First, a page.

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Doing Business in Russia

Market Overview   

Russia presents both significant challenges and opportunities for experienced American exporters.  Russia's 2014-2016 economic downturn, driven by low oil prices and the lack of structural economic reform, squeezed both Russian corporates and the average consumer.  While targeted American and European economic sanctions remain in place, there is no overall trade embargo on Russia.  On the back of a tight fiscal and monetary policy, coupled with higher oil prices, Russia's should return to limited economic growth of 1-2% in 2017.  Over 1,000 American firms of all sizes continued to do business in Russia, given its 142 million consumers, $27k+ GDP per capita (as measured in purchasing power parity), a growing middle class and highly educated and trained workforce.  

There are two broad considerations when considering business prospects in Russia: geopolitics and market dynamics.  Russia's continued aggression in Ukraine and Syria and interference in the 2016 U.S. elections have raised tensions with the United States and its allies.  Targeted U.S. and European economic sanctions instituted in 2014 remain firmly in place and are not expected to be lifted for the foreseeable future.  Restrictions on offshore, Arctic and shale oil and gas, the financial sector and the defense industry continue.  For the past three years, U.S. agricultural exporters have been hit with Russian countersanctions, resulting in a X% drop in trade volumes.  In addition, a number of Russian entities and individuals are also subject to sanctions, requiring American firms to do careful due diligence on potential business.  Increasing state dominance of the economy, high costs of borrowing and a lack of broad economic reform constrain growth.  Both large, publicly-traded U.S. multinationals and small and medium size enterprises continue to carefully monitor the overall business climate in Russia, balancing opportunity and risk.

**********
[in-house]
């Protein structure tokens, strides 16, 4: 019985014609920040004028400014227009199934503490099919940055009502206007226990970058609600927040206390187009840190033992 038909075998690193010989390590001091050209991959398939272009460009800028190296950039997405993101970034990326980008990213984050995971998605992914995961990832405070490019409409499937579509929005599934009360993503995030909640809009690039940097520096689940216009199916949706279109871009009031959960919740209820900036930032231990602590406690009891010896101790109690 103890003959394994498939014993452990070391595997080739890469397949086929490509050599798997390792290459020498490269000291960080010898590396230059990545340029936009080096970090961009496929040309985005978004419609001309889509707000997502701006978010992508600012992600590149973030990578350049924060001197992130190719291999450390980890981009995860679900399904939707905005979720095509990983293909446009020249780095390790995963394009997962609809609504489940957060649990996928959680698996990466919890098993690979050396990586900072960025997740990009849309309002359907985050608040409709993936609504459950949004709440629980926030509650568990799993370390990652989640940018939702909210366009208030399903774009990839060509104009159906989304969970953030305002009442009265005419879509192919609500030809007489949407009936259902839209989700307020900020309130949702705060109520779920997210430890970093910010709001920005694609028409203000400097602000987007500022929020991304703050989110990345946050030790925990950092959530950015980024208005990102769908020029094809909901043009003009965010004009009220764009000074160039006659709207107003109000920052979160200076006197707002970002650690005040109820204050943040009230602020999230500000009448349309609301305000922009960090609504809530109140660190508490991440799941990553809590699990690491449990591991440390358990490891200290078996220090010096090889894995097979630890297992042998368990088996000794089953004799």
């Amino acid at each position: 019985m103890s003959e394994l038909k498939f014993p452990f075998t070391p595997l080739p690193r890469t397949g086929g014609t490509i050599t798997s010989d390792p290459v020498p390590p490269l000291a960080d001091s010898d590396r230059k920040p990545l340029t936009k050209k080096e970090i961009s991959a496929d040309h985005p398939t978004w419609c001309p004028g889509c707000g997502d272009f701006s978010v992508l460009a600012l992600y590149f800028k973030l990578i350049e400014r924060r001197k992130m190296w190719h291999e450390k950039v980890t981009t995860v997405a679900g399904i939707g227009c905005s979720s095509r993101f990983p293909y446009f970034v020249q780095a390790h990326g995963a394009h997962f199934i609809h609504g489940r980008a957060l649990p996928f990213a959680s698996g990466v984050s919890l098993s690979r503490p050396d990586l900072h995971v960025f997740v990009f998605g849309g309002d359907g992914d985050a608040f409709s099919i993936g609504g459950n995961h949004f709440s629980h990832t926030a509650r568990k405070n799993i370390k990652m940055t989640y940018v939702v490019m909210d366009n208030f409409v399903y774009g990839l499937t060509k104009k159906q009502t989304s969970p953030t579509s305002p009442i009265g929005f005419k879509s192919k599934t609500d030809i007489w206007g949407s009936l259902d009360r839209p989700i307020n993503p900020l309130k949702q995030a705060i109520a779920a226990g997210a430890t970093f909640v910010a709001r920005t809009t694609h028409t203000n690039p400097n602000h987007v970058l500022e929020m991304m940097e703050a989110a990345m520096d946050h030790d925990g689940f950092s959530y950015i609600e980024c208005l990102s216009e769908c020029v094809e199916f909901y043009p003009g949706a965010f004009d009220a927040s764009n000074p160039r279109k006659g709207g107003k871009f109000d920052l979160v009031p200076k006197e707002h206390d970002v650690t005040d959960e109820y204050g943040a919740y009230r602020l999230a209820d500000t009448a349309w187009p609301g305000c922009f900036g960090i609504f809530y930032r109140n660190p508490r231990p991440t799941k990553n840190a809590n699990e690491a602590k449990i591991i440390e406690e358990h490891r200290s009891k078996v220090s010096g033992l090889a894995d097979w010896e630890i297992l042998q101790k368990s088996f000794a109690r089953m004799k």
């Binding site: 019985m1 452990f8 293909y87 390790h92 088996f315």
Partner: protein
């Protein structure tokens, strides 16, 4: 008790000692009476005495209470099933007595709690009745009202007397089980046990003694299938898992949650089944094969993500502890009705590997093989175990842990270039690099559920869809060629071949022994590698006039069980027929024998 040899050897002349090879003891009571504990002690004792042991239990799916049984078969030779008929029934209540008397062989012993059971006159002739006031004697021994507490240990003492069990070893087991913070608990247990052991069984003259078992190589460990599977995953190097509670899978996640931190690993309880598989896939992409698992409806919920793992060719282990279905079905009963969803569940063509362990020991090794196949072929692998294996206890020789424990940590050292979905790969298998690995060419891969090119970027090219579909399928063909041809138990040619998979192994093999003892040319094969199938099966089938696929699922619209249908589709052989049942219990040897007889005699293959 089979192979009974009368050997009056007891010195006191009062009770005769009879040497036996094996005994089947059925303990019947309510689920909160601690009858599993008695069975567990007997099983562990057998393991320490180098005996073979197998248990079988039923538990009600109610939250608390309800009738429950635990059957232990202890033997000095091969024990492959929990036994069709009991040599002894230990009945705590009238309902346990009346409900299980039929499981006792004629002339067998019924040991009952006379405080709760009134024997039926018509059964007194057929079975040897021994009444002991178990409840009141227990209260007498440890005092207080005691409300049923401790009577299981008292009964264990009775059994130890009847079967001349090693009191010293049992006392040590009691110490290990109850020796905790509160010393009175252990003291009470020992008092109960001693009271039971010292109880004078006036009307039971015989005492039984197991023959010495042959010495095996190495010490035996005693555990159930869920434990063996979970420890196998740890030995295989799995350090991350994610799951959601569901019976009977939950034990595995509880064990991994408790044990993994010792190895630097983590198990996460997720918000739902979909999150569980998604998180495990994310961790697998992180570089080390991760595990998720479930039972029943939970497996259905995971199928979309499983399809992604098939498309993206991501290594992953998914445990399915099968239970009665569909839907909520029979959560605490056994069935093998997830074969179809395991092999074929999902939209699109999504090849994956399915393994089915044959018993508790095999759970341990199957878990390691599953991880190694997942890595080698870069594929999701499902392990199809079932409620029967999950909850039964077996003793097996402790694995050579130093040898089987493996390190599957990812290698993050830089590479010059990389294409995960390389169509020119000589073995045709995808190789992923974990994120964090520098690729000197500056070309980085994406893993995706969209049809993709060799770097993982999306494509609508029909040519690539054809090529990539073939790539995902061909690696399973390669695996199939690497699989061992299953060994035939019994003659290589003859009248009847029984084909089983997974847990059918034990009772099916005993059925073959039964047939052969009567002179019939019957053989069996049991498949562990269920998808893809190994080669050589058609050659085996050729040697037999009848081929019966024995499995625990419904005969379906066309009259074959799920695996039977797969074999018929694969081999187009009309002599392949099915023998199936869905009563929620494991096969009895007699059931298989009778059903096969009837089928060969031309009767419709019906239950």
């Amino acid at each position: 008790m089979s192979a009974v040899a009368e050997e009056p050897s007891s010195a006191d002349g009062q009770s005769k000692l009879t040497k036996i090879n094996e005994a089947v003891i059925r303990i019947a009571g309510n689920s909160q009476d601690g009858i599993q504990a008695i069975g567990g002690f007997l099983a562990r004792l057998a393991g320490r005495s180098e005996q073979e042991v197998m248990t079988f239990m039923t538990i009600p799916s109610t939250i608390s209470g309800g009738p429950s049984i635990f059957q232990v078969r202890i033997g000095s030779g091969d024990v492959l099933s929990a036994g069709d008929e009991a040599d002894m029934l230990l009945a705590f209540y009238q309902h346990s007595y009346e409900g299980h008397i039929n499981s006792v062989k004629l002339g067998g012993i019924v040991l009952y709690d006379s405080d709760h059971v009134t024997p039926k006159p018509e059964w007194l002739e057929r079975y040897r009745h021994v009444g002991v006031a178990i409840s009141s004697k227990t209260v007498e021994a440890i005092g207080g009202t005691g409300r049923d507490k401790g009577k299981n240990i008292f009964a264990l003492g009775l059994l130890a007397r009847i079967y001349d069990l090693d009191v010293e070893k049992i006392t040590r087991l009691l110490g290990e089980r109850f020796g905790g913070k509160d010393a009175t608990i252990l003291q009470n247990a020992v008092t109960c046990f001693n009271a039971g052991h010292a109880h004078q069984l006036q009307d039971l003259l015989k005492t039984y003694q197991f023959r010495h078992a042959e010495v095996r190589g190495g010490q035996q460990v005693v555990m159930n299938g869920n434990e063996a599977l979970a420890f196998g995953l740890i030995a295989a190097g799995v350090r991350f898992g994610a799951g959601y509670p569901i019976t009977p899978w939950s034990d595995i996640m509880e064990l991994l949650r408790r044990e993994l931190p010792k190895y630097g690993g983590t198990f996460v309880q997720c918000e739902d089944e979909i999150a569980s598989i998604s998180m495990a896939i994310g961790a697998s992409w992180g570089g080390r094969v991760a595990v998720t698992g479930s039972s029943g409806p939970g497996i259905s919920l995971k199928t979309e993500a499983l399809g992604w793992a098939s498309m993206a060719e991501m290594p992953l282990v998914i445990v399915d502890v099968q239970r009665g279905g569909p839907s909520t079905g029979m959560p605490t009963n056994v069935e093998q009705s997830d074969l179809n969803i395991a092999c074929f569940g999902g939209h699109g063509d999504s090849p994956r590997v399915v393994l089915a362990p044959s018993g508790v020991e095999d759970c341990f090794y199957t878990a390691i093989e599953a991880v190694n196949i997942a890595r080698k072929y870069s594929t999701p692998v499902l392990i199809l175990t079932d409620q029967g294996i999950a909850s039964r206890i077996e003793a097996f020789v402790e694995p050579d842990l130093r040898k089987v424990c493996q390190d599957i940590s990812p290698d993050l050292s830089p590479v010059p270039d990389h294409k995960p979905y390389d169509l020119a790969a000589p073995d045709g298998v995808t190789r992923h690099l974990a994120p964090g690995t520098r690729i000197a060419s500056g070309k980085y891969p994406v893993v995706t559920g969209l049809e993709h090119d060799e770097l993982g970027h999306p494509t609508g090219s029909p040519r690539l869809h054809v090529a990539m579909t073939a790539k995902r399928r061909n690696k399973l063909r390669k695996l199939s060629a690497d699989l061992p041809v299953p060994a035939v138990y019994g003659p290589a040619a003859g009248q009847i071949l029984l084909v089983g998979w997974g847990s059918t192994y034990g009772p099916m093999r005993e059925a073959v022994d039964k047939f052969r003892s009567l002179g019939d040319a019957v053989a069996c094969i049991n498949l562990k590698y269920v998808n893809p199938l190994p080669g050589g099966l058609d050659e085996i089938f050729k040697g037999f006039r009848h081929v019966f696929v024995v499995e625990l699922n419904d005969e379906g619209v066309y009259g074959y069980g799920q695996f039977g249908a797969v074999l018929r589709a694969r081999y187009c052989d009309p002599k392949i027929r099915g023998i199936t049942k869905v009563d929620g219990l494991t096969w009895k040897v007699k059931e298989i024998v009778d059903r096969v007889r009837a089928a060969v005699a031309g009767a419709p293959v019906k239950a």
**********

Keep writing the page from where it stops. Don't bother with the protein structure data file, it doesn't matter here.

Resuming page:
As for market-based considerations, both Western and Russian firms approach 2017-8 with cautious optimism.  Stable oil prices, a less volatile ruble and a return to growth in some sectors will likely lift the Russian economy in 2017.   Indeed, Western and Russian firms report year-on-year growth in large industrial equipment in the mining, energy, and heavy construction sector.  The retail and residential construction sectors remain weak.  Early in 2017, Standard & Poors and Moody’s upgraded their ratings to BB+, a step below investment grade.  A Treaty on the Avoidance of Dual Taxation and Russia's WTO accession in 2012 have helped create new opportunities for American trade and investment through more certain and predictable access to the market across tariff, trade rules, and dispute resolution platforms.  Despite the need for deeper economic reform, most analysts doubt any major policy changes prior to the March 2018 Russian Presidential elections.  For more on U.S.-Russia trade, read Ambassador John Tefft's article on "Why U.S.-Russia Trade Still Matters."

U.S.-Russia trade reached over $20 billion in 2016, well off its level of $38 billion in 2013.  American investment in Russia was about $9 billion in 2015 (latest data available).  These figures are low and conservative, as they do not include third country trade and investment flows of U.S. origin and reinvested earnings from subsidiaries of American parent corporations.  Numbers aside, American firms view the Russian market as a long-term, strategic play, given its population, natural resources, growing consumer class and access to a low-cost labor force.


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